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Strategic planning: realise your internationalisation goals

BannerFlagBy Fiona Hunter. Many of us in the field of higher education have long-standing experience in our fields of expertise but are still relatively new to the concept of strategic planning, especially when this involves the whole institution. How might we define strategic planning with regards to international education, and what needs to happen within the institution if ambitious goals for internationalisation are to be realised?
Although it is shaped by the past and the present, strategic planning is a process that is oriented towards the future. It looks at the world in 5–10 years from now and seeks to shape future events rather than be dictated to by them. It links past, present and future by ensuring staff understand how history has shaped their institution, reflecting honestly on where the institution is now and the factors that affect it, and considering future objectives and how to achieve them. Read more...

Posté par pcassuto à 21:53 - - Permalien [#]


Calling all HE staff who are new to open practice

http://www.heacademy.ac.uk/css/hea2/images/hea2-header-bg-swirl.pngIf you are new to Open Educational Resources (OERs), you could qualify for an HEA-sponsored place at OER13, a conference showcasing Open Practice.
Open Practice is a growing, global movement in higher education involving major international institutions such as MIT, Harvard and Stanford. In the UK, numerous OER projects have been supported successfully by the UKOER programme run jointly by the HEA and Jisc. The HEA is encouraging further growth of the Open Practice community by sponsoring new-to-OER HE staff to learn more about this exciting development in open academic practice at OER13.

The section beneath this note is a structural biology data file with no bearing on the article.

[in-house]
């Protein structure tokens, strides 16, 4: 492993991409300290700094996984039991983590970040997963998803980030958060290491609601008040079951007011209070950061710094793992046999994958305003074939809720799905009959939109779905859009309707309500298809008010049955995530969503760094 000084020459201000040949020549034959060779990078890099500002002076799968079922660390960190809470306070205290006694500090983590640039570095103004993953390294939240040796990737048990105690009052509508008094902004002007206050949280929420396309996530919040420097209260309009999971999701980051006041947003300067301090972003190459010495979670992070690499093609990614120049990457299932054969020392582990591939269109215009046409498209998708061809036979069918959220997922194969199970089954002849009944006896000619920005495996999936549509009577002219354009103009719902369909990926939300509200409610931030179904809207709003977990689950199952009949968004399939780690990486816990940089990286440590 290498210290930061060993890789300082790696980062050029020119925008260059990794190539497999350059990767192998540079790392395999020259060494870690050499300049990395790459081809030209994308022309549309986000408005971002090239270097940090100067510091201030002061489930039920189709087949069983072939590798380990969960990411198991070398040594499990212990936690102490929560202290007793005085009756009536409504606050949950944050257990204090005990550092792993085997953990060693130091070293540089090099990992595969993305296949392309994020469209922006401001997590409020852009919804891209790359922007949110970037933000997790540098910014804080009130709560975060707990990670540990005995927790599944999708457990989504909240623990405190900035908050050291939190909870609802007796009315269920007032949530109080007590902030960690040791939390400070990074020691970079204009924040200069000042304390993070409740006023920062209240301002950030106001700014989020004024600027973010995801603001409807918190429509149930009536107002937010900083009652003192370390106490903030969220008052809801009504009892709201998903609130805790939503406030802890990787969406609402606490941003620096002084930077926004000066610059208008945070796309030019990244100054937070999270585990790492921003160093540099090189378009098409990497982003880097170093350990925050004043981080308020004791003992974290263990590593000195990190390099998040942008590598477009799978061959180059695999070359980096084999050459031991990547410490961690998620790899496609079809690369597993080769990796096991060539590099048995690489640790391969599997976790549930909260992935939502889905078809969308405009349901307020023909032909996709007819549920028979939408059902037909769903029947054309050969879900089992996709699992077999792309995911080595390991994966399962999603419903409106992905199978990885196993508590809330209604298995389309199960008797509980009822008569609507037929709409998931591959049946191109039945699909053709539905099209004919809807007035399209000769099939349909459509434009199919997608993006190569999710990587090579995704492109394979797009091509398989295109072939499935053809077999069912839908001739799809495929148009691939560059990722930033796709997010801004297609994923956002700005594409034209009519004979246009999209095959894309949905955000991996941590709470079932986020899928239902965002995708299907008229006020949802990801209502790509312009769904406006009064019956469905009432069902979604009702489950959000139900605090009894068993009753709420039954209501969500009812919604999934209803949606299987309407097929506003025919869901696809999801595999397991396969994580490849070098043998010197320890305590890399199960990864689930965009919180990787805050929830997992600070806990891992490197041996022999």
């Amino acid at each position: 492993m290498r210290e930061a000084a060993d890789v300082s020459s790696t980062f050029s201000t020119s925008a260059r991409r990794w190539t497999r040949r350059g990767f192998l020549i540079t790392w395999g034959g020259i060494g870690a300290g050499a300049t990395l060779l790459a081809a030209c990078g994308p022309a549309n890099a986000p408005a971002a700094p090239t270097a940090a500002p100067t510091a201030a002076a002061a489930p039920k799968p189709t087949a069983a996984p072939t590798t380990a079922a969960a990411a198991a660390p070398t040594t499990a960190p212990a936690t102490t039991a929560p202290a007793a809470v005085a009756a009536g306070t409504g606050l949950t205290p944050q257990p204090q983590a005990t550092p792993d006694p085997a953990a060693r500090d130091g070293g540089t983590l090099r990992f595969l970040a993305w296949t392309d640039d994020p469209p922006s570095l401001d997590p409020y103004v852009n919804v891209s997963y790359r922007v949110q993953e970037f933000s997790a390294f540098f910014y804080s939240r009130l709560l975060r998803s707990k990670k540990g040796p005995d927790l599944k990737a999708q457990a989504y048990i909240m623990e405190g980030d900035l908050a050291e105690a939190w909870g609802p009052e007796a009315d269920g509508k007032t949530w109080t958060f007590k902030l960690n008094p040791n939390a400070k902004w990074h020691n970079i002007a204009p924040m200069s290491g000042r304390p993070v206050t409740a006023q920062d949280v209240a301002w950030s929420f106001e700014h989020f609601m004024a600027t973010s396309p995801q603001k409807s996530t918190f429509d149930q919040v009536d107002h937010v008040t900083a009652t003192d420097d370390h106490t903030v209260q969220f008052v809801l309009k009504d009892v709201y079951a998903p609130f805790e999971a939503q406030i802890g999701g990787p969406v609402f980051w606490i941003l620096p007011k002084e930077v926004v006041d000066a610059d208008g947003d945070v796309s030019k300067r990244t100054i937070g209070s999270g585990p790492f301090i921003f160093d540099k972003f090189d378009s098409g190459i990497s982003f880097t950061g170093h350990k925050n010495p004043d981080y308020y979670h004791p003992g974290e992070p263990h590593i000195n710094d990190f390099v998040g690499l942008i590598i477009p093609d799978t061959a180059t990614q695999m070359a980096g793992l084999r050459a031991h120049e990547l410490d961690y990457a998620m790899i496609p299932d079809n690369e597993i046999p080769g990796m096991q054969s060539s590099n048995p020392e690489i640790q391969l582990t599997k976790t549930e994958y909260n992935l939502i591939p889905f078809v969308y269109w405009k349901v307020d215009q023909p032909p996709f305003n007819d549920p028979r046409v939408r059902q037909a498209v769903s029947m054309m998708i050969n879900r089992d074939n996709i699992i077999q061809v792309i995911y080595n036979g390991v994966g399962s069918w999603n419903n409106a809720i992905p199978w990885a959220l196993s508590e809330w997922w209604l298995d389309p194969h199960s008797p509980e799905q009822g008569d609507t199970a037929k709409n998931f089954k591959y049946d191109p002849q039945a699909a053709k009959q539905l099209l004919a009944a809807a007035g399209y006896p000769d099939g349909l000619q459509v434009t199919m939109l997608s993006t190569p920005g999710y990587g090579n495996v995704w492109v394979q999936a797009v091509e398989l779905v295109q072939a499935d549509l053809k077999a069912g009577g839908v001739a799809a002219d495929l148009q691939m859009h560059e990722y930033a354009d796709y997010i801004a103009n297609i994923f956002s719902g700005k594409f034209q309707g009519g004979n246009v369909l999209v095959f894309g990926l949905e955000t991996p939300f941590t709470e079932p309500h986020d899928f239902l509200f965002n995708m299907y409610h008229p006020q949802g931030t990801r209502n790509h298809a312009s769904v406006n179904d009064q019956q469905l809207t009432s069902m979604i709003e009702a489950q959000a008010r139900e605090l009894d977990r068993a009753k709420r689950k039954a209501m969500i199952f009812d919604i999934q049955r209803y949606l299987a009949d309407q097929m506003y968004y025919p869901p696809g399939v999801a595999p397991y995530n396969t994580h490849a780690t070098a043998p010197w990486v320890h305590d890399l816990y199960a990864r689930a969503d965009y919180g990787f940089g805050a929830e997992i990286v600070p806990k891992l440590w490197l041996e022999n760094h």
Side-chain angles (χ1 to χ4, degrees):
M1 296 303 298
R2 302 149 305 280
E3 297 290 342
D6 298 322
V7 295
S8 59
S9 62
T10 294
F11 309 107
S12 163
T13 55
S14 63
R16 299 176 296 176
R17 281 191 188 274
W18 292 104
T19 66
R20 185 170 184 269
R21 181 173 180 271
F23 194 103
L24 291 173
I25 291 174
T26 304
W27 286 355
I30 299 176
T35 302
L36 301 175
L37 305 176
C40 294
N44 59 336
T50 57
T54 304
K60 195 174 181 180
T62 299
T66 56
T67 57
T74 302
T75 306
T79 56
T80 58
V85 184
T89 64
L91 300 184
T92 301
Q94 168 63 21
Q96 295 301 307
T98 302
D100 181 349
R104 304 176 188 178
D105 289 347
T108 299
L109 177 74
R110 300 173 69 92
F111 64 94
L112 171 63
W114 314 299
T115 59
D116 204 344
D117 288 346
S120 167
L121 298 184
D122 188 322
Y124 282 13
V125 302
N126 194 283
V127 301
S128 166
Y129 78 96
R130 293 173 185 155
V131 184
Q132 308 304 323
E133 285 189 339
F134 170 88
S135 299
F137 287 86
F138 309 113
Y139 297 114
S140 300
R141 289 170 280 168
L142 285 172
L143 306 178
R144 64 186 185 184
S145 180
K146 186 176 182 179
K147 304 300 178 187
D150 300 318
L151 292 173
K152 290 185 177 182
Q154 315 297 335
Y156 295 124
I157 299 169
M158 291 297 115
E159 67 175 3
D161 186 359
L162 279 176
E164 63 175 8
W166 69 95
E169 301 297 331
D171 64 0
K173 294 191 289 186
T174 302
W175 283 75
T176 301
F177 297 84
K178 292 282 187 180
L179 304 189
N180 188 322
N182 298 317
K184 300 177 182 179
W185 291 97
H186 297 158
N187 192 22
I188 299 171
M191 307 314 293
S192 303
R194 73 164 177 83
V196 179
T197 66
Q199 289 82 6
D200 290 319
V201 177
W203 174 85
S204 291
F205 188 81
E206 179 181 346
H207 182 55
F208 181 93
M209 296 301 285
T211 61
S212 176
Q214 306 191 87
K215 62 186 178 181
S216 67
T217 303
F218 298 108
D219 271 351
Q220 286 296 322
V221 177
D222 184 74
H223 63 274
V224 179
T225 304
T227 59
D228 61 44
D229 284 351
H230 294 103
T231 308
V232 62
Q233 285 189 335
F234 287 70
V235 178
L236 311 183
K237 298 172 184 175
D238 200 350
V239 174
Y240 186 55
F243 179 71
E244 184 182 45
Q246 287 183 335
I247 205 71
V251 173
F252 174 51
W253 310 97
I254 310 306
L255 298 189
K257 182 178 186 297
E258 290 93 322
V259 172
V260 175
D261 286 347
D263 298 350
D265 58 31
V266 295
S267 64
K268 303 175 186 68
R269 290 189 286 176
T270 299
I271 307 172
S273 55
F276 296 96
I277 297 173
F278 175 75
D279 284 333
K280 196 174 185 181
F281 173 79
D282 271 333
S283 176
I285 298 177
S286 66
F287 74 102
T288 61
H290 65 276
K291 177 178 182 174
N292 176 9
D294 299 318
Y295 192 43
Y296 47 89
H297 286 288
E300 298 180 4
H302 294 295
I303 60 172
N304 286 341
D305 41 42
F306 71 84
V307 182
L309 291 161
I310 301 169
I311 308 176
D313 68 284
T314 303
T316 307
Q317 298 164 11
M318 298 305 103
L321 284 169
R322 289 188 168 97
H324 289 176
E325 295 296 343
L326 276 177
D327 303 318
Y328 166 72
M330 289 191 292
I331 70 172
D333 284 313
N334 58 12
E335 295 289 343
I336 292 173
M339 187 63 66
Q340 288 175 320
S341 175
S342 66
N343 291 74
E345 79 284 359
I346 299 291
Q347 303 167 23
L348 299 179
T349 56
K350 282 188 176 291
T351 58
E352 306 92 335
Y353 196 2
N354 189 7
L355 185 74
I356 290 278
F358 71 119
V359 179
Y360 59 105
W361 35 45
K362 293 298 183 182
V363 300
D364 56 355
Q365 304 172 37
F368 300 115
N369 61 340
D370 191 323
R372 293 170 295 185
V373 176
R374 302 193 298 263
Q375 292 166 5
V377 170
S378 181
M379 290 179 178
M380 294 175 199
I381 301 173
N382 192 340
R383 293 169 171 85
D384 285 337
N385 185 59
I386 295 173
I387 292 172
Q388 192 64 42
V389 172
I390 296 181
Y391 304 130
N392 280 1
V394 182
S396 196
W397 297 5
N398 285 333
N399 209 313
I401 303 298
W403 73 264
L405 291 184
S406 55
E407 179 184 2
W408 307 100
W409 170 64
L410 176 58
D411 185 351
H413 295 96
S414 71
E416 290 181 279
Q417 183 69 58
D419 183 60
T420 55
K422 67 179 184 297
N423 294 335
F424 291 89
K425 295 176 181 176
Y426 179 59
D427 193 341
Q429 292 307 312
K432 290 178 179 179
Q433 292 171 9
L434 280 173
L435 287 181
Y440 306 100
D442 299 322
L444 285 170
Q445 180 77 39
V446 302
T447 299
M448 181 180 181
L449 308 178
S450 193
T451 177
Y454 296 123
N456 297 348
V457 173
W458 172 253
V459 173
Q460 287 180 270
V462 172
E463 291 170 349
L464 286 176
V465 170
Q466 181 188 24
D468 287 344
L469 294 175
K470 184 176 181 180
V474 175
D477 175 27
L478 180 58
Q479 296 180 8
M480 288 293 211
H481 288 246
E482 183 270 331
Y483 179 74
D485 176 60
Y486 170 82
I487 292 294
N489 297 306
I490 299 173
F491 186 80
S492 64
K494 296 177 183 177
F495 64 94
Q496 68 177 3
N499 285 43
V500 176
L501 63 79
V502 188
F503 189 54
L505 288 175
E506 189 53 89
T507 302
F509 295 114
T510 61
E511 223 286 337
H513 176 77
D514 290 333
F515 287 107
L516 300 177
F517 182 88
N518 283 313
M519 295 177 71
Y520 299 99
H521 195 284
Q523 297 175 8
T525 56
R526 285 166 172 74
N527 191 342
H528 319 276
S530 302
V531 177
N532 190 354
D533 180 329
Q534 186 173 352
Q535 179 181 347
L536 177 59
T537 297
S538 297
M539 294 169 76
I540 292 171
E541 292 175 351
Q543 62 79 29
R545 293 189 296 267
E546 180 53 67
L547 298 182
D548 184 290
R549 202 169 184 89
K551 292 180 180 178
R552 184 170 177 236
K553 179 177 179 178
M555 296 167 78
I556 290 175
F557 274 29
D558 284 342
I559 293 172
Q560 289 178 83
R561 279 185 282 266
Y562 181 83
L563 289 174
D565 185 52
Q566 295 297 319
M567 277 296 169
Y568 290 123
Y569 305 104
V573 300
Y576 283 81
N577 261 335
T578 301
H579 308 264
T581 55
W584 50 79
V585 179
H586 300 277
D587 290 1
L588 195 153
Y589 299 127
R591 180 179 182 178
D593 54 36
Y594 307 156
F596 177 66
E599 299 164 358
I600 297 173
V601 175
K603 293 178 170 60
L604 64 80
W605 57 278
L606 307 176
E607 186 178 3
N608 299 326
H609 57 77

OER13 takes place at the University of Nottingham on 26 and 27 March and the HEA is funding a set number of places. For more information and to apply for a free place visit the event page of the HEA website.
OERs are part of a growing, global Open Practice movement in higher education involving major international institutions such as MIT, Harvard and Stanford. In the UK, numerous OER projects have been supported by the UKOER programme run jointly by the Higher Education Academy and Jisc. The Higher Education Academy would like to support the growth of the OER and Open Practice community by encouraging UK academic and professional higher education staff who have had no engagement with OERs to find out more about this movement.
OER13 is a conference taking place at the University of Nottingham on 26th & 27th March 2013 which will showcase Open Practice projects (http://www.oer13.org). The Conference programme will consist of an engaging mix of keynote presentations, refereed papers and posters exploring the impact of OER on HE within the conference themes. The Higher Education Academy is funding a scheme which will provide the conference fees for OER13 to HE staff who are new to OERs i.e. those staff involved in delivering HE who have neither been engaged in OERs nor previously funded as part of the UKOER programme and who do not have a paper accepted for OER13.

Posté par pcassuto à 21:50 - - Permalien [#]

Numérique: rendre l'apprentissage des langues accessible à tous